What is a statutory audit?
Put simply, a statutory audit is an independent assessment of the financial accounts of a company or institution. The auditor's role is to report on whether the financial statements issued by an organisation are 'true and fair', and meet all relevant guidelines or legal requirements. This in turn allows companies to guard against risk and plan for the future.
The auditing sector has been under scrutiny recently, with the government calling for reform following the collapse of high-profile firms whose audits have been called into question. Clearly it's vital that auditors recognise and report on any issues that emerge from the auditing process, so that any problems in the business can be addressed. Here at Perrys, we work with clients to provide effective and timely audits that meet and exceed all statutory obligations.
Statutory audit requirements
Not all companies or organisations must have a statutory audit. Small companies are usually exempt, unless they are charities (which must follow the specific guidelines for that sector) or members of a wider group
To be exempt from audit, a small company must meet two out of three of the following criteria for two consecutive years (or its first year for new companies):
- Turnover should not be more than £10.2m
- The balance sheet total should not be more than £5.1m
- The average number of employees should not be more than 50
It's important to note, however, that even if your company meets the criteria outlined above, there may still be cases when a statutory audit is required, for example if a shareholder, lender or grant provider requests one.
There are other exceptions to when audit exemption applies. For detailed guidance, always check with a qualified accountant with auditing expertise. There are heavy fines for failing to comply with auditing regulations, so it's important to be absolutely sure of your obligations.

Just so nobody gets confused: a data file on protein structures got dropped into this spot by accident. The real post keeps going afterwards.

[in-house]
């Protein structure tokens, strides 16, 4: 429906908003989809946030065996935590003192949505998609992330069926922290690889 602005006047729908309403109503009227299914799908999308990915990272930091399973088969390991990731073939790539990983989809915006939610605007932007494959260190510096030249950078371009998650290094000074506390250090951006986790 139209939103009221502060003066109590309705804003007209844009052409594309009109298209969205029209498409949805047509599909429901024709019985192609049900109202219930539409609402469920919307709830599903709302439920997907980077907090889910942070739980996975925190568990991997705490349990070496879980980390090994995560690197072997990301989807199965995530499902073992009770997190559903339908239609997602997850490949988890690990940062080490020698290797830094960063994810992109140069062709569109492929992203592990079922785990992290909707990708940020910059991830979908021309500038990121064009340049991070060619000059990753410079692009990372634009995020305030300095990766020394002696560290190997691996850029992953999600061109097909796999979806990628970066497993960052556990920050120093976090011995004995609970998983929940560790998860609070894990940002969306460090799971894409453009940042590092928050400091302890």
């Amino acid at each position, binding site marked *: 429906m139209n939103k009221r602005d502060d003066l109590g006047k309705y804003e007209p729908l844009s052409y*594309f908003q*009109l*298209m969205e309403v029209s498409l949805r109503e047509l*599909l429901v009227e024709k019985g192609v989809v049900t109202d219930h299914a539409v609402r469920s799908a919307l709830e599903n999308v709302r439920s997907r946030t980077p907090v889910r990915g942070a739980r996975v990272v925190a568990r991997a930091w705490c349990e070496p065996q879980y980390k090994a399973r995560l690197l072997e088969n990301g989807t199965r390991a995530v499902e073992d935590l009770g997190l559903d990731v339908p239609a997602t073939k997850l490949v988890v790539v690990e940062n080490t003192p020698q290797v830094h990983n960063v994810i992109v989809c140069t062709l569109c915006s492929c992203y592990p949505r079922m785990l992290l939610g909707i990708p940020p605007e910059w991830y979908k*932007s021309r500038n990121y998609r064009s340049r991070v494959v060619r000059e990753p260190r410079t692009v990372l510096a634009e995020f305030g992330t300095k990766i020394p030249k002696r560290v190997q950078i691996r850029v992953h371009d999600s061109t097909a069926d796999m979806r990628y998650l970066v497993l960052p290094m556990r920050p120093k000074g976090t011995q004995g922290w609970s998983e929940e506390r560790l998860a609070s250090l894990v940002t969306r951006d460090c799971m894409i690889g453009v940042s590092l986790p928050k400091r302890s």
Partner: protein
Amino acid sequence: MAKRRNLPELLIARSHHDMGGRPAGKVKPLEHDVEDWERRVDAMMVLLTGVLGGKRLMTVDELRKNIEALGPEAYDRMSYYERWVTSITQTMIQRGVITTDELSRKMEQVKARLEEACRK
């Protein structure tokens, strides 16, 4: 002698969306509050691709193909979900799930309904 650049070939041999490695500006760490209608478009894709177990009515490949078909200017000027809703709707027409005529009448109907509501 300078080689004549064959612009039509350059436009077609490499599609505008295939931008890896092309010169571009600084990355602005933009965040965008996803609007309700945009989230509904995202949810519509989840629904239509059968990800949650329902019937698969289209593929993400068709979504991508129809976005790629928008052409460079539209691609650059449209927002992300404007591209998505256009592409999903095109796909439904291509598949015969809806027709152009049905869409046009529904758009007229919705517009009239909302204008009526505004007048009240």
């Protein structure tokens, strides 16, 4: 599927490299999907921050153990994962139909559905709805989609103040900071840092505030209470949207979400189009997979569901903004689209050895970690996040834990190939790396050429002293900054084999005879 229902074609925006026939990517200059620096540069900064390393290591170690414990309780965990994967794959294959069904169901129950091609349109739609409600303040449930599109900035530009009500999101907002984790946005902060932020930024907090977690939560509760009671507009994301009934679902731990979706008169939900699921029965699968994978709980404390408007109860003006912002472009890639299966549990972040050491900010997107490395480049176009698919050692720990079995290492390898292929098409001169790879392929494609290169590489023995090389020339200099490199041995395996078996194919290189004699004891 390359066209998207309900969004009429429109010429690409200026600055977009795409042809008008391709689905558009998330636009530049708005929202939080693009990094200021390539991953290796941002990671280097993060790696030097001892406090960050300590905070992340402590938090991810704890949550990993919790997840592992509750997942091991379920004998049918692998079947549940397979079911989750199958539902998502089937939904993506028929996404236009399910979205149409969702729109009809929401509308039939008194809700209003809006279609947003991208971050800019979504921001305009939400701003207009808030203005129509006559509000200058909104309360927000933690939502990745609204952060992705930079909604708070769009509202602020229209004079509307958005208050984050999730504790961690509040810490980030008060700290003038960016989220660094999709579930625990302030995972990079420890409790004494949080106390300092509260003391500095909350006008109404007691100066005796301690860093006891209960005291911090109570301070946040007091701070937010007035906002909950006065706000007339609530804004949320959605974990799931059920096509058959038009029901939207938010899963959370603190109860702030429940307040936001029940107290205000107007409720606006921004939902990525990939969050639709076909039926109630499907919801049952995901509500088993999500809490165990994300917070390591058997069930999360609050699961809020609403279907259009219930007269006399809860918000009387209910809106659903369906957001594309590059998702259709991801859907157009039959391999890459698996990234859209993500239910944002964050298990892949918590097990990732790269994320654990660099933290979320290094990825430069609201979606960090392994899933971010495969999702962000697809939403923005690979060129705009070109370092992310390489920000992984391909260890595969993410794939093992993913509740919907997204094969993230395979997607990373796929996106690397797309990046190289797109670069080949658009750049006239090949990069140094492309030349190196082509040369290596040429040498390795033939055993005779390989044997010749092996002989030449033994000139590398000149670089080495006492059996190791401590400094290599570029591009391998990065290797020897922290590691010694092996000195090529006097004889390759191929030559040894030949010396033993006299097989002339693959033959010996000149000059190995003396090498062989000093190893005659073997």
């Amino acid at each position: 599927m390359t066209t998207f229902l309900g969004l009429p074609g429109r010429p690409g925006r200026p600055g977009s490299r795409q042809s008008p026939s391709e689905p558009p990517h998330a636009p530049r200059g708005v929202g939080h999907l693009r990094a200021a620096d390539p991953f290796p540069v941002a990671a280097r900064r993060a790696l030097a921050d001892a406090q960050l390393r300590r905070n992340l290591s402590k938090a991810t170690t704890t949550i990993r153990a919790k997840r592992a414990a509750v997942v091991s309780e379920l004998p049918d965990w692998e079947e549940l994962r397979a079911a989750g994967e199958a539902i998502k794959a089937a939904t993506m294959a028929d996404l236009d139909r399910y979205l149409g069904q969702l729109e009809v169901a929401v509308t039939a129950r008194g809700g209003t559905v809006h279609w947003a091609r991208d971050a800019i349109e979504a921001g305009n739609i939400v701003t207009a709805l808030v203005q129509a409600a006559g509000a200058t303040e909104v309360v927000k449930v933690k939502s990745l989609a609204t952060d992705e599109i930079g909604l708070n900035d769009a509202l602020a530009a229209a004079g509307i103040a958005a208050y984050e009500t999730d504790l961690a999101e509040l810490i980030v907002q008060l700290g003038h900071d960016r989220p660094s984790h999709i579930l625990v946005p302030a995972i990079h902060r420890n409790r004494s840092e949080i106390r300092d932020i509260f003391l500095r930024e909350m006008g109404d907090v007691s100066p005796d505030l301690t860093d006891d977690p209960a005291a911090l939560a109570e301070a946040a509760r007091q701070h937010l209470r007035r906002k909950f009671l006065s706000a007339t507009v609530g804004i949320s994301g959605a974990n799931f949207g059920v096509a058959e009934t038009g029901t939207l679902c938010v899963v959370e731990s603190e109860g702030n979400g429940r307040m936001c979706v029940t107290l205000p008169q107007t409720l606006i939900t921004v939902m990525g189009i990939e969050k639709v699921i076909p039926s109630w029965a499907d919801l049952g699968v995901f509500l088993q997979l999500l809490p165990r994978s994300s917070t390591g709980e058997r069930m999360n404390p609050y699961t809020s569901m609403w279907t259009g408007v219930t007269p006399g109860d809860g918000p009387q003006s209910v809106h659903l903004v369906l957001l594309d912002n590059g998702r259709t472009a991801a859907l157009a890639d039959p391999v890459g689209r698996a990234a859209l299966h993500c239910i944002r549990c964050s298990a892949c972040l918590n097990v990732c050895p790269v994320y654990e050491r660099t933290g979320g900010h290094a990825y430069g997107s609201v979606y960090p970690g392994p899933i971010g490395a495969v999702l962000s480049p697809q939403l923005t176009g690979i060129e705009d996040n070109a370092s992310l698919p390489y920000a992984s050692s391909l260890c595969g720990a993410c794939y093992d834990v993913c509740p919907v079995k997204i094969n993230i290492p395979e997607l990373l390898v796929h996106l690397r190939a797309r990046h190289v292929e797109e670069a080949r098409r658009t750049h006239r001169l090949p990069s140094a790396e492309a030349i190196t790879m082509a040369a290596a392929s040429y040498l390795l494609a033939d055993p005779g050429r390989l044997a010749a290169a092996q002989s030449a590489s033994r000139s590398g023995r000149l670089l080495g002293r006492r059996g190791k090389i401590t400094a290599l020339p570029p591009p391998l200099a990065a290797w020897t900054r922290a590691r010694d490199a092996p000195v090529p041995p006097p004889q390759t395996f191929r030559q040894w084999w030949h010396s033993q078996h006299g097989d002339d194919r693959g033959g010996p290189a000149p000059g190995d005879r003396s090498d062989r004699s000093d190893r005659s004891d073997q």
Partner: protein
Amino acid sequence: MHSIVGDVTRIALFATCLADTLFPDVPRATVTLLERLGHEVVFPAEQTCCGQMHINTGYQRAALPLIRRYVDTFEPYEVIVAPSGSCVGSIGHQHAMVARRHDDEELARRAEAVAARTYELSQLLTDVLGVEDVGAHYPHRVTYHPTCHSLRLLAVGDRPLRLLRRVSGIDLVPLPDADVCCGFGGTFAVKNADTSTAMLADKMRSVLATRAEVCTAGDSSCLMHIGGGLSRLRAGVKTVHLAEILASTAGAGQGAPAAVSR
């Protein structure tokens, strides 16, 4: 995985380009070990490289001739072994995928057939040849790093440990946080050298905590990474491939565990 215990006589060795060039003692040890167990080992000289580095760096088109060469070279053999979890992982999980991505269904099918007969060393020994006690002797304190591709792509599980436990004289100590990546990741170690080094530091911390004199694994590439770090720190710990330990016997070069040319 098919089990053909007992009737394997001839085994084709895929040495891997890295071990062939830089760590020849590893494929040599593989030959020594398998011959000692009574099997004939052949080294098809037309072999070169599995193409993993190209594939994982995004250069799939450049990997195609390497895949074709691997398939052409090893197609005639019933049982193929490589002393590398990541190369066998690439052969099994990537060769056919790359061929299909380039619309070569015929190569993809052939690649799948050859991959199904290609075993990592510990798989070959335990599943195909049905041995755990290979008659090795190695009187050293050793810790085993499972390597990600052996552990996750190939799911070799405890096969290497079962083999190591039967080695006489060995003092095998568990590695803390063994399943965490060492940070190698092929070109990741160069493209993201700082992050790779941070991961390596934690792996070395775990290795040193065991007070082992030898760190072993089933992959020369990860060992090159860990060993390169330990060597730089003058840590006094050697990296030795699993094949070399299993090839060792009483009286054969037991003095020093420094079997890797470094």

Checklist of companies or organisations that require a statutory audit
Certain companies, whatever their size, are always subject to a statutory audit in order to ensure transparency and efficiency. These include:
- Banks or investment firms
- Insurance companies
- Brokerage firms
- Public companies
What happens in a statutory audit?
At Perrys, we work hard to provide an exceptional audit service, developing a deep understanding of individual businesses and offering proactive advice and insight that goes beyond the basic requirements.
Our aim is to have as minimal an impact as possible on your day-to-day business, while maintaining a thorough approach that will include inspecting documents, re-performing calculations, and sending questionnaires, surveys, checklists and reviewing and reporting on controls and systems. Ultimately this is a positive process that helps ensure best practice and future growth of an organisation.
Find out more about Perrys' auditing services
As a leading Chartered Accountants with seven branches across central London and Kent, we have many years' experience carrying out both statutory and non-statutory audits. Please contact us for in-depth advice on this subject, including whether your firm meets the government's exemption criteria.